The Florence Opera House
28/01/2019 and 03/02/2020
Paul Wheelhouse MSP, then Minister for Energy, Connectivity and the Islands, made two trips to Florence on behalf of the Scottish Government, meeting with oil lobbyists on both occasions. He was attending the AGM of oil services company Baker Hughes which took place at the Florence Opera House. At the meeting in 2019, the Minister was lobbied by Shell representatives Harry Brekelmans and Guido Kuiper, and in 2020 by Gordon Birrel of BP, when they discussed “the importance of oil and gas in the future.”
An annual fixture: the Holyrood Magazine garden party
20/06/2019, 16/09/2021 and 28/09/22
Fossil fuel lobbyists have used an invitation to the Holyrood Magazine garden party to lobby MSPs and representatives of the Scottish Government. The annual event, at the Royal Botanic Garden in Edinburgh, saw a team of three Drax lobbyists speak to then Cabinet Secretary for Finance, Economy and Fair Work Derek Mackay MSP, Special Advisor Kate Higgins and Labour’s Neil Findlay MSP in 2019. Drax operates the UK’s largest source of climate emissions, the Drax power station in Yorkshire. In 2021, four BP lobbyists addressed SNP’s Ben Macpherson MSP and Special Advisor Ross Ingebrigtsen and in 2022 the same company lobbied Conservative’s Murdo Fraser MSP and Labour’s Richard Leonard MSP with topics including oil and gas.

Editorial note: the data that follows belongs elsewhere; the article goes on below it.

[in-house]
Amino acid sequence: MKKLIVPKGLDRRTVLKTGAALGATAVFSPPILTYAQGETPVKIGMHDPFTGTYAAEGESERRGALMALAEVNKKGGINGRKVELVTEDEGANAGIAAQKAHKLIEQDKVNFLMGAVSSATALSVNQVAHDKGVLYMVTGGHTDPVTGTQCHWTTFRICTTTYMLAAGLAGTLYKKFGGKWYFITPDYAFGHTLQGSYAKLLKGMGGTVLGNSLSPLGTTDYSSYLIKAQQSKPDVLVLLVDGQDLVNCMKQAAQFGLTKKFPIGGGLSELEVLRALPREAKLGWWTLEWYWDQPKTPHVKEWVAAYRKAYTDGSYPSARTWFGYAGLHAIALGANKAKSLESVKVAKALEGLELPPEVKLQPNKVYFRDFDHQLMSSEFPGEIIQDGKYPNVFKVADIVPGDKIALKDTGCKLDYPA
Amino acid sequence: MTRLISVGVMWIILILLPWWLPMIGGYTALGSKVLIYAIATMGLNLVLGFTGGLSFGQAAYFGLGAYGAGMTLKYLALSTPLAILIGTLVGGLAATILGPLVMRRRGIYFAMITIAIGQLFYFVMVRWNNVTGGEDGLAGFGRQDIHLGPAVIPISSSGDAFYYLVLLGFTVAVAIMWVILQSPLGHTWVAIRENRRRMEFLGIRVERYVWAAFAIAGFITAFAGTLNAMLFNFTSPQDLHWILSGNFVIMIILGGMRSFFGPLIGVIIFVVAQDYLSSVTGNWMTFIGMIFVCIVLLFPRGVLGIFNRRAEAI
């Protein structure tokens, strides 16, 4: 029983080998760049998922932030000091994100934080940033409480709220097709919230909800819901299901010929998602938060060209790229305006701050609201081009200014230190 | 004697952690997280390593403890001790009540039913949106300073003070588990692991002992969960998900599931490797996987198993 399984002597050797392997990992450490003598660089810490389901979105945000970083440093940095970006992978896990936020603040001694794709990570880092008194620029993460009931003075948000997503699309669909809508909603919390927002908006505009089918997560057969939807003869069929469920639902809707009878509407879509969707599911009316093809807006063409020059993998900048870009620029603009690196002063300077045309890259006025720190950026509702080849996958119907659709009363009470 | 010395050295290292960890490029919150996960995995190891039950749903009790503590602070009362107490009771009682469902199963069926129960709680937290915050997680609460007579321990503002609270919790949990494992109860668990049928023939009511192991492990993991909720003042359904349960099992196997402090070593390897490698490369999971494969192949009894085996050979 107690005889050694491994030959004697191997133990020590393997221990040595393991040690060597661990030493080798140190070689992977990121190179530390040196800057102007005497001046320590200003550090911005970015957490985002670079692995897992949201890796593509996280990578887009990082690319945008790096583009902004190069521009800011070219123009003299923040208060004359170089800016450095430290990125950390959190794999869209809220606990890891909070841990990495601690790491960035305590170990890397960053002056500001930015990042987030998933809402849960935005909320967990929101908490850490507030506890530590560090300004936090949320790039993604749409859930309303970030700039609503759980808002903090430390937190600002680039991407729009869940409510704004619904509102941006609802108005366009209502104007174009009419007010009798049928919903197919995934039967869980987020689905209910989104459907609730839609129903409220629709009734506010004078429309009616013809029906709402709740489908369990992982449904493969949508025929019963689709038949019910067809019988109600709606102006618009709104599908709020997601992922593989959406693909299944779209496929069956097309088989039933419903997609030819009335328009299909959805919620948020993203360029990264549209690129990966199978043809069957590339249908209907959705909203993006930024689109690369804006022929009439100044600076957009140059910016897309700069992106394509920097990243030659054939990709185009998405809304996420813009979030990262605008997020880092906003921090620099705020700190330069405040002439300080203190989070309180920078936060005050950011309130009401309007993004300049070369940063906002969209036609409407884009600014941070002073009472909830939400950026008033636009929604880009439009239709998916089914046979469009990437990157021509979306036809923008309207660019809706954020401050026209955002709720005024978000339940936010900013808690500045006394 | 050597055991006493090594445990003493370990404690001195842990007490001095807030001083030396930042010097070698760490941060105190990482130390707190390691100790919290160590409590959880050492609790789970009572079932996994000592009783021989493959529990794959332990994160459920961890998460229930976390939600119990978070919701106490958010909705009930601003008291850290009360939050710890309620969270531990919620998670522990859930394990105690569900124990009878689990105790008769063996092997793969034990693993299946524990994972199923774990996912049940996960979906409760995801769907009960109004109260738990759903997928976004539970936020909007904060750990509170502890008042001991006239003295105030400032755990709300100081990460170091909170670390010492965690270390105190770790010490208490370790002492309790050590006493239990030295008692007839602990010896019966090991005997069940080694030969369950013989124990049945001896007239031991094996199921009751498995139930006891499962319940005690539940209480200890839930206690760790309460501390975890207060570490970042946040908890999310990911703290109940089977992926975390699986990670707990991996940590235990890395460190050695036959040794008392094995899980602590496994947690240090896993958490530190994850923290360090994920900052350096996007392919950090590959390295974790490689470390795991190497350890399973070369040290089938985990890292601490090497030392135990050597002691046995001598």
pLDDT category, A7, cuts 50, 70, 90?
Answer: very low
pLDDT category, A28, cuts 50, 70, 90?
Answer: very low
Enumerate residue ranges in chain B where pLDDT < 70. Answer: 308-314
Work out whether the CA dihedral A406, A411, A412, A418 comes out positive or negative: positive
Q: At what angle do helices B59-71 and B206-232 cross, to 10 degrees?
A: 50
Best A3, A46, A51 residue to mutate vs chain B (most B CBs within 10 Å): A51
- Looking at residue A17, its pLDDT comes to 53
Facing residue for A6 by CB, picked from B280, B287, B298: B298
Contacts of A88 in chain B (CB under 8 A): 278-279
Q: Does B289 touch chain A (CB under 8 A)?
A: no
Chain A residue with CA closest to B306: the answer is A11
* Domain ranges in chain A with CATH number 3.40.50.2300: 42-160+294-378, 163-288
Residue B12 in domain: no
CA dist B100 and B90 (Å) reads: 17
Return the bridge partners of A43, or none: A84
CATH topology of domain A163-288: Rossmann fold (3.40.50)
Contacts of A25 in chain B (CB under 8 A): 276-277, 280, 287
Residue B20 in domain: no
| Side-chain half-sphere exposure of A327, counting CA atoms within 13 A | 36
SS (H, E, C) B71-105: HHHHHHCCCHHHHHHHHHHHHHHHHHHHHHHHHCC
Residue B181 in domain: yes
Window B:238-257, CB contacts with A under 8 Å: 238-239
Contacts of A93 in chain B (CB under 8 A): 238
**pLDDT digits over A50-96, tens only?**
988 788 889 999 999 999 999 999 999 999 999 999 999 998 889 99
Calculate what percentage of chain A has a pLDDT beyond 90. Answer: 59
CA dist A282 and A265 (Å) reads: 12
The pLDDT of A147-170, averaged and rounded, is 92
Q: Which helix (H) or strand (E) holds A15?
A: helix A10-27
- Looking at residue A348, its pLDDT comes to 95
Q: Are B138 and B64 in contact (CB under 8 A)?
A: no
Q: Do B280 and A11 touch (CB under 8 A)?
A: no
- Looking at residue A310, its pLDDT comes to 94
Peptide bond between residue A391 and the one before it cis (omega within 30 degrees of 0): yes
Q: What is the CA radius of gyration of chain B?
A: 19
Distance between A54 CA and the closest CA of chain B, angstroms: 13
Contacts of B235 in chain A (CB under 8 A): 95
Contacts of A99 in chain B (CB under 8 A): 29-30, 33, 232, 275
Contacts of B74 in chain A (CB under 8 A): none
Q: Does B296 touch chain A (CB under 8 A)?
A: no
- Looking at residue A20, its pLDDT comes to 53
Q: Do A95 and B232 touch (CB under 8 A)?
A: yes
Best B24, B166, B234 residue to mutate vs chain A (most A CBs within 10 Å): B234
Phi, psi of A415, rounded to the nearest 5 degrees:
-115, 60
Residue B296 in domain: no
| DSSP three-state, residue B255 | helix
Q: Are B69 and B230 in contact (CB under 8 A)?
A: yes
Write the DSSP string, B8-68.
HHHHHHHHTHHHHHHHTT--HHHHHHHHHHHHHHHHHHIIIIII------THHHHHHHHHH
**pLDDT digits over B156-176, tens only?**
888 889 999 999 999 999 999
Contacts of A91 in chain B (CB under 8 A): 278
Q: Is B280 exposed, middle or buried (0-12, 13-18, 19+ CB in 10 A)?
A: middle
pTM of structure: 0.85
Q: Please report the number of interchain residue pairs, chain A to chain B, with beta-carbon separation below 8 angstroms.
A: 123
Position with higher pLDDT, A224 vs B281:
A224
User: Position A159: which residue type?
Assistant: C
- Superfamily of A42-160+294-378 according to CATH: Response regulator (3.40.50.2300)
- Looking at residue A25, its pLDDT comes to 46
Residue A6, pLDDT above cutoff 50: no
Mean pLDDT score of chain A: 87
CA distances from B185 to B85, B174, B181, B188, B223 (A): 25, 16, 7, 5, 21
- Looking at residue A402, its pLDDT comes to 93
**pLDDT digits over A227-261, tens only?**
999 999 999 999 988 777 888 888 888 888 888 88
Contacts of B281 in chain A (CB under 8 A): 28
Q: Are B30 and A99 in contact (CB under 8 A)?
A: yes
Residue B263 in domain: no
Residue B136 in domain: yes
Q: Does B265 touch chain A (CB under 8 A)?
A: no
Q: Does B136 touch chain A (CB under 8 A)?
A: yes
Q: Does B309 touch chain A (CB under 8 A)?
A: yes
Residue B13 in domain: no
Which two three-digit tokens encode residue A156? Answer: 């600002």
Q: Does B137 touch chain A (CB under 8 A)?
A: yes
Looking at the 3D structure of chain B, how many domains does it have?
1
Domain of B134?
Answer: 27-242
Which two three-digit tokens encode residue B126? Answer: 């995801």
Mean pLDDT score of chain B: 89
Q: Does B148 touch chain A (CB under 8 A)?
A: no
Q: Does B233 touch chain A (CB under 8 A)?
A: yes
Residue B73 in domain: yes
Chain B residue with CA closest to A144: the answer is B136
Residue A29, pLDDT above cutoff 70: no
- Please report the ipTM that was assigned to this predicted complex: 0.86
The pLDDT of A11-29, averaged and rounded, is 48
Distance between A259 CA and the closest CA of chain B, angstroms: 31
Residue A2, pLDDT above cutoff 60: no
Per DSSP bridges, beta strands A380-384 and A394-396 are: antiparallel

Equinor meeting MSPs ahead of Rosebank push
16/02/2022 to 28/10/2022
Oil company Equinor went on a lobbying spree of 18 meetings in 2022, during the period Equinor were preparing an application to develop the massive Rosebank oilfield in the North Sea. Company lobbyist David Cairns alone had 15 meetings with MSPs in eight months, including Scottish Government ministers Michael Matheson MSP, Cabinet Secretary for Net Zero, Energy and Transport, Angus Robertson MSP, Cabinet Secretary for the Constitution, External Affairs and Culture and Ivan McKee MSP, Minister for Business, Trade, Tourism and Enterprise.
Among a string of meetings with backbench MSPs he met both Fergus Ewing MSP and Michael Marra MSP twice in the period. Other Equinor lobbyists met the Minister for Just Transition, Employment and Fair Work, Richard Lochhead MSP, and First Minister Nicola Sturgeon, who was lobbied on two separate occasions that summer. Equinor received approval to develop the Rosebank field from the UK Government in September 2023.
New sponsors at Murrayfield